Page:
Mark Zuckerberg has put up a Facebook post responding to a tweet by US President Donald Trump accusing Facebook of having an anti-Trump agenda. Zuckerberg has clarified that the role that Facebook played in the 2016 US Presidential Election is different from what most people think it is.
According to Zuckerberg, Facebook was a platform to discuss issues not covered by the media, allowed candidates to communicate directly with the voters, allowed effective advertising for election campaigns, and encouraged people to go out and vote.
— Donald J. Trump (@realDonaldTrump) September 27, 2017
..But the people were Pro-Trump! Virtually no President has accomplished what we have accomplished in the first 9 months-and economy roaring — Donald J. Trump (@realDonaldTrump) September 27, 2017
After the surprise win of Donald Trump in the US Presidential Election last year, Facebook was accused of helping the widespread distribution of fake news that helped Trump win. At that time, Zuckerberg had dismissed the claims that Facebook content had influenced the election, denied that it had distributed fake news on the platform, and called the whole idea "crazy."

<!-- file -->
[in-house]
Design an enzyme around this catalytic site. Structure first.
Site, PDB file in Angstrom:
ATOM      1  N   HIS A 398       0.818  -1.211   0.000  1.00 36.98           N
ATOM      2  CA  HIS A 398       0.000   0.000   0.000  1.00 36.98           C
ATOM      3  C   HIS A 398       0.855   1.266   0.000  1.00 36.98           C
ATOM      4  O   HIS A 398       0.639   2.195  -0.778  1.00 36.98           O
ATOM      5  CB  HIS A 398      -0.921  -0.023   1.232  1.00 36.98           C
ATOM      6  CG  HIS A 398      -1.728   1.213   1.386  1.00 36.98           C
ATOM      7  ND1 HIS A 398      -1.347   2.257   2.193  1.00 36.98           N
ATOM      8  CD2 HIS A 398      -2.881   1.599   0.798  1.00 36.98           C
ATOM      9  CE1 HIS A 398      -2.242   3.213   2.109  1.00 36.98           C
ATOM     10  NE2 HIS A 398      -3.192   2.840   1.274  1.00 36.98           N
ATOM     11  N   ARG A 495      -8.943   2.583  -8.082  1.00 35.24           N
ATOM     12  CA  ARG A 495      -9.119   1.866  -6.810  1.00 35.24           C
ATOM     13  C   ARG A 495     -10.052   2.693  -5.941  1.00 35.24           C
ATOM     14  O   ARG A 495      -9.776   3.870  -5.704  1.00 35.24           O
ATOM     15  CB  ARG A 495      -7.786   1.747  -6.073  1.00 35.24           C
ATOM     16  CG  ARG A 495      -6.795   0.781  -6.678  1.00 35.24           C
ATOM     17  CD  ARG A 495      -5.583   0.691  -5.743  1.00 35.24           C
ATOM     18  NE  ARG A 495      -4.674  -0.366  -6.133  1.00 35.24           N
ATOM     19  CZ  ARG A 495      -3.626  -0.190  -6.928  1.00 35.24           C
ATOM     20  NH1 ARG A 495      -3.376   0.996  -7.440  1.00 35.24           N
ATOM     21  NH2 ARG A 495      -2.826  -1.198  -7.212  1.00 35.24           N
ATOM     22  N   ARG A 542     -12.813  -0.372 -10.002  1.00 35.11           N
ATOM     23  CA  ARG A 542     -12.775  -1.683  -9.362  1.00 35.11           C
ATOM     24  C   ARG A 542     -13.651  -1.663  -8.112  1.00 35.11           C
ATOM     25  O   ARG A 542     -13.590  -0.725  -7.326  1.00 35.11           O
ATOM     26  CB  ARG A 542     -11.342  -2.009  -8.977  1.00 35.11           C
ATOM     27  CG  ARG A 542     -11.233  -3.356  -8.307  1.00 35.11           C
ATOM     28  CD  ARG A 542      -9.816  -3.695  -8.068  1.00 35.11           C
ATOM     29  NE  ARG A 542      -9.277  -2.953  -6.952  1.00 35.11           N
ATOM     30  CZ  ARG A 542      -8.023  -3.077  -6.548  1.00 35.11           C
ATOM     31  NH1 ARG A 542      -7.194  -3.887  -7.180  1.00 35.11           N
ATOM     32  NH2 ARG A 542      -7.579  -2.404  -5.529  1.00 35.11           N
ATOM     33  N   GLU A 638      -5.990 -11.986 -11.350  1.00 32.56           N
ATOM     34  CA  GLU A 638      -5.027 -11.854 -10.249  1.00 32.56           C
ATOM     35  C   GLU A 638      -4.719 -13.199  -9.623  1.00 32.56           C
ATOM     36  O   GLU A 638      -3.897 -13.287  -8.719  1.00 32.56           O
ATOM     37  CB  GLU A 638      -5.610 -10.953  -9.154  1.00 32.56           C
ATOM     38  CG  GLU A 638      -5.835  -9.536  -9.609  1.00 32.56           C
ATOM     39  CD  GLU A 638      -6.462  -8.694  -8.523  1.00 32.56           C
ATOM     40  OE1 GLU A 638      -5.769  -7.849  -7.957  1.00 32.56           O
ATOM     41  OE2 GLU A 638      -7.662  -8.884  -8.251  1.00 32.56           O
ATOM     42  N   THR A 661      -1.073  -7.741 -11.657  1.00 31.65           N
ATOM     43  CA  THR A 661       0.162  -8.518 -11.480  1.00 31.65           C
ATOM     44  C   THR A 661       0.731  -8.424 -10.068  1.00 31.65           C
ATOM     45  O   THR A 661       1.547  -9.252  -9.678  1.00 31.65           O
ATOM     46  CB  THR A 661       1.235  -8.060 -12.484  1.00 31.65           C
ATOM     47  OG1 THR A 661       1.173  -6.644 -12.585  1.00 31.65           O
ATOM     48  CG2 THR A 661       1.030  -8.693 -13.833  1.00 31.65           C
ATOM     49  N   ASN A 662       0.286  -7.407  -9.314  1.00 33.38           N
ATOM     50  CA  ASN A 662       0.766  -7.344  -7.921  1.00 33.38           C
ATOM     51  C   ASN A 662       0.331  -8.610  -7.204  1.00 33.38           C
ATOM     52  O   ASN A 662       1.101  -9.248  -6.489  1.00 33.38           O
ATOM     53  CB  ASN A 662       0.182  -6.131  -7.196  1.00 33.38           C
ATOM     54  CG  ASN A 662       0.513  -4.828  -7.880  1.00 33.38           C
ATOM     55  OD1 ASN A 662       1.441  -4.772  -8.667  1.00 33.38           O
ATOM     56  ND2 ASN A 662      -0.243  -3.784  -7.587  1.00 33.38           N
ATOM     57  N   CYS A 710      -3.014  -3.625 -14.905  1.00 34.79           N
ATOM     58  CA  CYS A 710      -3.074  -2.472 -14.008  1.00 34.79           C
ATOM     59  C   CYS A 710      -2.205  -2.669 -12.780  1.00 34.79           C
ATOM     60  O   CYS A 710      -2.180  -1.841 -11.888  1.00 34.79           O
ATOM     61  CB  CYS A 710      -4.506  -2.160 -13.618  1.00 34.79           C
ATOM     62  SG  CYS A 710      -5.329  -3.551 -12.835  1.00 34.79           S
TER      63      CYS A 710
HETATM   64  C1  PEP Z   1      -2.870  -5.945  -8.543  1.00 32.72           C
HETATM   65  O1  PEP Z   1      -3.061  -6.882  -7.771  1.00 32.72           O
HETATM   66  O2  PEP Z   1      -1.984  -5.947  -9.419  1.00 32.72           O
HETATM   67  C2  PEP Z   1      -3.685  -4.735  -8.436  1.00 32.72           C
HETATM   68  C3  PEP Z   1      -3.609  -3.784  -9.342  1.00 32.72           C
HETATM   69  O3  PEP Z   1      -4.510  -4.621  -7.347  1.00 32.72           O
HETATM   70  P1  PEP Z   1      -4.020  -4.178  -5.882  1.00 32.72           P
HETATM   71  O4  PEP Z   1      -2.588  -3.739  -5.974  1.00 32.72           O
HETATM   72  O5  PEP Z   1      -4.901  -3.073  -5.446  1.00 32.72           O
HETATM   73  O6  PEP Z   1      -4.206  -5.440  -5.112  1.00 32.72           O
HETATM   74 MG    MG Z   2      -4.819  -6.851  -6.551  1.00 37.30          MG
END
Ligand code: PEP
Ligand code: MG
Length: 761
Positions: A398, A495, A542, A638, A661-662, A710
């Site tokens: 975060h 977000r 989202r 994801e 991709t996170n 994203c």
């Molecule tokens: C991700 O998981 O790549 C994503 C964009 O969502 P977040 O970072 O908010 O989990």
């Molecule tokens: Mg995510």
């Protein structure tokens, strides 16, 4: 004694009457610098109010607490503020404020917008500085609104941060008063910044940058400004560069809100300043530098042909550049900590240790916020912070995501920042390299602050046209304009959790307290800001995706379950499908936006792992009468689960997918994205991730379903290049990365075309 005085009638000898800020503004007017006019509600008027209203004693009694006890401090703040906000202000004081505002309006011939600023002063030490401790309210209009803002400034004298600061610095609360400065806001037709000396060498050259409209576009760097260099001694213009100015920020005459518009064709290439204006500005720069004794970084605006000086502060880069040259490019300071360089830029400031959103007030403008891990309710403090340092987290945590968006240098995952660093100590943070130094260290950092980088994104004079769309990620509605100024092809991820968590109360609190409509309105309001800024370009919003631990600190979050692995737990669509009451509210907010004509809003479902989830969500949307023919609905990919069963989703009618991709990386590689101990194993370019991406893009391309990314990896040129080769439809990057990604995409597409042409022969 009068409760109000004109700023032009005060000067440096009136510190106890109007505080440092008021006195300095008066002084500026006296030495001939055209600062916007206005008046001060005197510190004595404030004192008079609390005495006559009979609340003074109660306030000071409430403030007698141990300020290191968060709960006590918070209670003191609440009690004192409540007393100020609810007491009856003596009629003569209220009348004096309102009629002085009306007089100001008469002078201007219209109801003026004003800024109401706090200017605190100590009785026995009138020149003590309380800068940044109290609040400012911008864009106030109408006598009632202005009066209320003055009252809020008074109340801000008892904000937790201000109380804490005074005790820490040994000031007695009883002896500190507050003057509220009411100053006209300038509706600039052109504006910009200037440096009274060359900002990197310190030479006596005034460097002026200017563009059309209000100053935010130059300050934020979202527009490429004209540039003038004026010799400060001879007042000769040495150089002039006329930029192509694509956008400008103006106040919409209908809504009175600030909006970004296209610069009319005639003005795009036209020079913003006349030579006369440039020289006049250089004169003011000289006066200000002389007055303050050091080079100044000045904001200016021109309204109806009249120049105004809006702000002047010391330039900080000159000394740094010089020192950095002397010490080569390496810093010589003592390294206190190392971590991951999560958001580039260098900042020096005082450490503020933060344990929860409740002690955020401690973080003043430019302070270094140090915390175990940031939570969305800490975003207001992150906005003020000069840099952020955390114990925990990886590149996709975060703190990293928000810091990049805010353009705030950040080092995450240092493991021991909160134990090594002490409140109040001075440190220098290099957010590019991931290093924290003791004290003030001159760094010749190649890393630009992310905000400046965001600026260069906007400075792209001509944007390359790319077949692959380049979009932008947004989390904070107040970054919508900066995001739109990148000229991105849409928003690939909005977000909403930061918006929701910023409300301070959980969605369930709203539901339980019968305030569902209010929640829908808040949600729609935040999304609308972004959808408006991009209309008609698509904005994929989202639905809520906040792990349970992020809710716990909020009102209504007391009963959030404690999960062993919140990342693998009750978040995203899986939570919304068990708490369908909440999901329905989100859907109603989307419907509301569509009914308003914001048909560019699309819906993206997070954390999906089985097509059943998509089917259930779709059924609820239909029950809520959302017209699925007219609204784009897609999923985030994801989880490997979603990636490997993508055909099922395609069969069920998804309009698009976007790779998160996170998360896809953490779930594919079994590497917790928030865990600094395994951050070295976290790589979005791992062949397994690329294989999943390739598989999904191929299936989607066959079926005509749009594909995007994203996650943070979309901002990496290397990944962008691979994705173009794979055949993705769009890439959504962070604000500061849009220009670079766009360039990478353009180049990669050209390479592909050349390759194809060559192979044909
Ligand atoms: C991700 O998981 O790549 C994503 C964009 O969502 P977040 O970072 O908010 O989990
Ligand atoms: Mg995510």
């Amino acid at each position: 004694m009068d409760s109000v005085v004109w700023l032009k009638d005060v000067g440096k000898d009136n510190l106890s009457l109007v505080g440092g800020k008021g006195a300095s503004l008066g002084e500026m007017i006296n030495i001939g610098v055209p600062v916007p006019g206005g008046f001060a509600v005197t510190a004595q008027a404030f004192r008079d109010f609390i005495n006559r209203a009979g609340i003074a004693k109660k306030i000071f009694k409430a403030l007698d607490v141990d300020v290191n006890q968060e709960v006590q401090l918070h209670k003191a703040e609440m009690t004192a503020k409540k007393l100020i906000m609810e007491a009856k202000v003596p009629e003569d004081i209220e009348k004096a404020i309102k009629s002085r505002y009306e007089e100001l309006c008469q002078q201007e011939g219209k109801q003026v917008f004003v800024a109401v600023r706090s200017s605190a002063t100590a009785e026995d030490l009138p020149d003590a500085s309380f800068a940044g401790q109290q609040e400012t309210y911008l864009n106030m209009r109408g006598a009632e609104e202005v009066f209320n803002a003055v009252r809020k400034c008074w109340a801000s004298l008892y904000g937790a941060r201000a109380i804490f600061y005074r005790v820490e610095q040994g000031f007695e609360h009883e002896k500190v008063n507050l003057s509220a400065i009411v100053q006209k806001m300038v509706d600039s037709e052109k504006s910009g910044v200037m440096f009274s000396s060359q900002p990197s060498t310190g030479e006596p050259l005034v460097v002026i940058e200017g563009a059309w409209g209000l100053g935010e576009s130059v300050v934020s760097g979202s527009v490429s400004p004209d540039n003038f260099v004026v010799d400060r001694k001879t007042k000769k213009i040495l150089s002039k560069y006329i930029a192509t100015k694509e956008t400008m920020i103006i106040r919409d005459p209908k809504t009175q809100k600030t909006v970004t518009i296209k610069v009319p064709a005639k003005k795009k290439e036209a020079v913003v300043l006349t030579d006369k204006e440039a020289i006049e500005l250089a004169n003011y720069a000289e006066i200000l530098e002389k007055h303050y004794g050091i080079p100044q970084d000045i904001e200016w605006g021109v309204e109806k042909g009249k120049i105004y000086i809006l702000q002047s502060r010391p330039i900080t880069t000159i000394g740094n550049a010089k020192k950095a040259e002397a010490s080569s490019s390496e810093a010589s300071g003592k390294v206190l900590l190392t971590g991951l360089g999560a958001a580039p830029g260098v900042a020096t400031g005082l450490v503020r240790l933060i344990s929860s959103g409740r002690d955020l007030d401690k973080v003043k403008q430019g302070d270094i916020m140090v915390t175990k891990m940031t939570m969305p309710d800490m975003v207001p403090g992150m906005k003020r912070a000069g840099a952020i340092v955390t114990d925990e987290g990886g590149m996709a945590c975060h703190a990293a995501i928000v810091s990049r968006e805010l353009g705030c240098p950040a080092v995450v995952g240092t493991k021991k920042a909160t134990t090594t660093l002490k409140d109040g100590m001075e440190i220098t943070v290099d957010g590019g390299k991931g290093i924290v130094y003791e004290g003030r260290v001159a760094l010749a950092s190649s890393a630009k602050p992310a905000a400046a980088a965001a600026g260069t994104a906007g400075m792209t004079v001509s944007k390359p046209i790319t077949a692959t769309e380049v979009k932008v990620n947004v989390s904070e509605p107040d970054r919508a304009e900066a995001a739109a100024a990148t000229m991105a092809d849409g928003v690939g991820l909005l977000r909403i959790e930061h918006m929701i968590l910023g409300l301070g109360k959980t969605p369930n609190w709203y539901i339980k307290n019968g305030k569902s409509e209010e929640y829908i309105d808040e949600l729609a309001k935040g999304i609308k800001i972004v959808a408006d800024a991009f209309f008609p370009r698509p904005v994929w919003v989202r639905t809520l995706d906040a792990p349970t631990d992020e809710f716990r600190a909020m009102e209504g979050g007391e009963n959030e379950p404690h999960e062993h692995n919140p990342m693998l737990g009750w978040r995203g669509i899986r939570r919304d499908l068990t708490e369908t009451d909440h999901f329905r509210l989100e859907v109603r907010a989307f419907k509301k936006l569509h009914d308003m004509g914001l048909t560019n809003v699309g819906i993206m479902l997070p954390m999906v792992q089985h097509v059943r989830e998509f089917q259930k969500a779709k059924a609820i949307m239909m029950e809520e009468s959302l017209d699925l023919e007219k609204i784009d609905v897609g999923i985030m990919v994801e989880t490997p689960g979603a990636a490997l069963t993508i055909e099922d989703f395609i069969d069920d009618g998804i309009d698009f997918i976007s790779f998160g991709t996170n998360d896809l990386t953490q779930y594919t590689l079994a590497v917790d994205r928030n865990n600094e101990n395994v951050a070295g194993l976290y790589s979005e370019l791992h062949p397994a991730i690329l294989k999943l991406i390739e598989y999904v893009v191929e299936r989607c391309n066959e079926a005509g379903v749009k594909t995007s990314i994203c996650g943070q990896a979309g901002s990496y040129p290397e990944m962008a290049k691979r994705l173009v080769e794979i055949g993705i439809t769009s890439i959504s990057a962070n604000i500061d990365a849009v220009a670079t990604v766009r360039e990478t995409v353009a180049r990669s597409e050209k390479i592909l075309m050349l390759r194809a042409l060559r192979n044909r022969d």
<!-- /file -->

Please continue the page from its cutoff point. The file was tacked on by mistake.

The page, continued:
Former President Barack Obama at that time had contacted Zuckerberg and had asked him to take the threat of fake news and political disinformation seriously. Trump at that time had agreed that social media, including Facebook and Twitter, had indeed helped him win. Zuckerberg now says that he regrets dismissing the idea of Facebook influencing the election.
I want to respond to President Trump's tweet this morning claiming Facebook has always been against him.
Every day I...
Zuckerberg noted that while Trump accused Facebook of being anti-Trump, liberals actually accused Facebook of helping Trump win. Trump alleges collusion between Facebook and news sites.
The accusation from Trump comes at a time when Facebook is handing over details of $100,000 of political ads purchased during the 2016 US Presidential election to investigators.
The ads were apparently engineered to be socially and ideologically divisive, and were possibly paid for by troll farms associated with Russia.
Even as the 3,000 ads go under the scanner, Facebook has committed to being more transparent about political advertising.